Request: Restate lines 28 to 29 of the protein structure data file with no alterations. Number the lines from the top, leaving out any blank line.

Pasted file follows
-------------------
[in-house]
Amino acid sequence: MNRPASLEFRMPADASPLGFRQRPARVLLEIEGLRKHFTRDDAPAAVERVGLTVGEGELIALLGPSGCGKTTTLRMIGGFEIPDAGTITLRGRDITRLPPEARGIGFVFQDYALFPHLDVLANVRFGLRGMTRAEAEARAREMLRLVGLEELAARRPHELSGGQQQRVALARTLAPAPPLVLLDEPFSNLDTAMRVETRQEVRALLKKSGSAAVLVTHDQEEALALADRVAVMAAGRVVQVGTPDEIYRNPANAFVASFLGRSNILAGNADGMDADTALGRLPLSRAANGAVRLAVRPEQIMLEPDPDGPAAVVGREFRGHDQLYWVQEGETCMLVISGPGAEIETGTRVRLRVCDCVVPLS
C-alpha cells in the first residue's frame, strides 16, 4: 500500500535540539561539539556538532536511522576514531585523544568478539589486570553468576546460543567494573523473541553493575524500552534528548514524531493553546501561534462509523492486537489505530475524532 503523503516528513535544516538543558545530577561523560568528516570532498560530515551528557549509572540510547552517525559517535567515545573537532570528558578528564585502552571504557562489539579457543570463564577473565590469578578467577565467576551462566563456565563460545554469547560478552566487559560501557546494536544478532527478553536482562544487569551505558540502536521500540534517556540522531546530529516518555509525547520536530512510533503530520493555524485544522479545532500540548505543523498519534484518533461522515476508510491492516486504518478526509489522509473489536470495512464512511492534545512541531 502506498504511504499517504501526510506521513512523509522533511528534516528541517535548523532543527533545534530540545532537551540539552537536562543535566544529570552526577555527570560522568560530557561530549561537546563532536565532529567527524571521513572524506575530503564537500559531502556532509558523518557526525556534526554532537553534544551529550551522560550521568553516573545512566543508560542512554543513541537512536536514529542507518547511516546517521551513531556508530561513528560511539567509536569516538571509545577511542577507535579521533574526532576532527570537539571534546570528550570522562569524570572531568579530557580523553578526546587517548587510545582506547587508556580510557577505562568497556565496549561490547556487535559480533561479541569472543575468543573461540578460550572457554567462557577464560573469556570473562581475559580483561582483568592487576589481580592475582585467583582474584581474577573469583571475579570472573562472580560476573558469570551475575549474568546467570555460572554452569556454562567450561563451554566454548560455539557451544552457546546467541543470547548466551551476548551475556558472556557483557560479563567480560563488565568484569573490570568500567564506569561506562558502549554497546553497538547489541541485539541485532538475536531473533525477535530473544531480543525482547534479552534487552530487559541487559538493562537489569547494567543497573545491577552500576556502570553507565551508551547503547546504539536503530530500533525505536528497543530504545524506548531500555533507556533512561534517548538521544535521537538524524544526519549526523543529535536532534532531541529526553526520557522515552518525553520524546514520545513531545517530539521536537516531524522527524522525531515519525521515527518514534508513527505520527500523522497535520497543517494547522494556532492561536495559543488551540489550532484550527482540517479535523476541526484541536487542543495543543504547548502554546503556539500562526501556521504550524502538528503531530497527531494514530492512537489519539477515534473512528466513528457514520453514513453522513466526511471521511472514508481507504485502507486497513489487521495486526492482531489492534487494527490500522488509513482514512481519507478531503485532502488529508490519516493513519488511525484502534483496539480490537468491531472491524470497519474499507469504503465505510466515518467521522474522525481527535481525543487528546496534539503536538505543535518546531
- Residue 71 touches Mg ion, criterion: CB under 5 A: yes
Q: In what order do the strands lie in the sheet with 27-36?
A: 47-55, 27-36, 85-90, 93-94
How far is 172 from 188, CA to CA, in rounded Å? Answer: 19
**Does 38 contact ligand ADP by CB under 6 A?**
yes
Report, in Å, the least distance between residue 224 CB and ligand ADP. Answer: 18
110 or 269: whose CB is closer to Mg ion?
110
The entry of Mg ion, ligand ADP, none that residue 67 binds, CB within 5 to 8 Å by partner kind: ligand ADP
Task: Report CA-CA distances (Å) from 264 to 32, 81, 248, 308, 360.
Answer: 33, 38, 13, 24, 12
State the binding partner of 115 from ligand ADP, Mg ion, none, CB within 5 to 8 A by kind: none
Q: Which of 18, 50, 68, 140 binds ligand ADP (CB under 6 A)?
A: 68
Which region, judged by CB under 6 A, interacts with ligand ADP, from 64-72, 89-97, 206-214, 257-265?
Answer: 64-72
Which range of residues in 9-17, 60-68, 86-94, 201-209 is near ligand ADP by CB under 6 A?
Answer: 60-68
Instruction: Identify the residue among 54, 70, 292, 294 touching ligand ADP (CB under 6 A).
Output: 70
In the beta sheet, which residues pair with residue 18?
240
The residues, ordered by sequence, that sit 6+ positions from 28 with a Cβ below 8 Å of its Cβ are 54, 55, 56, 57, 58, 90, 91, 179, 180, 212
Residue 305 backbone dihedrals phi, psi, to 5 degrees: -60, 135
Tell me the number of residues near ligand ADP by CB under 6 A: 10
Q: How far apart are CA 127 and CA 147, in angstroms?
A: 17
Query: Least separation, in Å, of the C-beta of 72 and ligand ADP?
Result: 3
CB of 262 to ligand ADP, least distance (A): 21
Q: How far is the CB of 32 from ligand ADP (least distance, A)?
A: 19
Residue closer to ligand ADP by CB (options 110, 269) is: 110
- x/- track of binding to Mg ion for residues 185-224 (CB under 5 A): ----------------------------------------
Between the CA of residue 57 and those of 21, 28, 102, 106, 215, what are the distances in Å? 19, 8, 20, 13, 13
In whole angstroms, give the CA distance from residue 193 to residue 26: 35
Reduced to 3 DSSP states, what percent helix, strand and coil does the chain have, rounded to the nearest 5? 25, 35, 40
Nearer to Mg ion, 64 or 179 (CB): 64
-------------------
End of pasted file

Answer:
Residue 305 backbone dihedrals phi, psi, to 5 degrees: -60, 135
Tell me the number of residues near ligand ADP by CB under 6 A: 10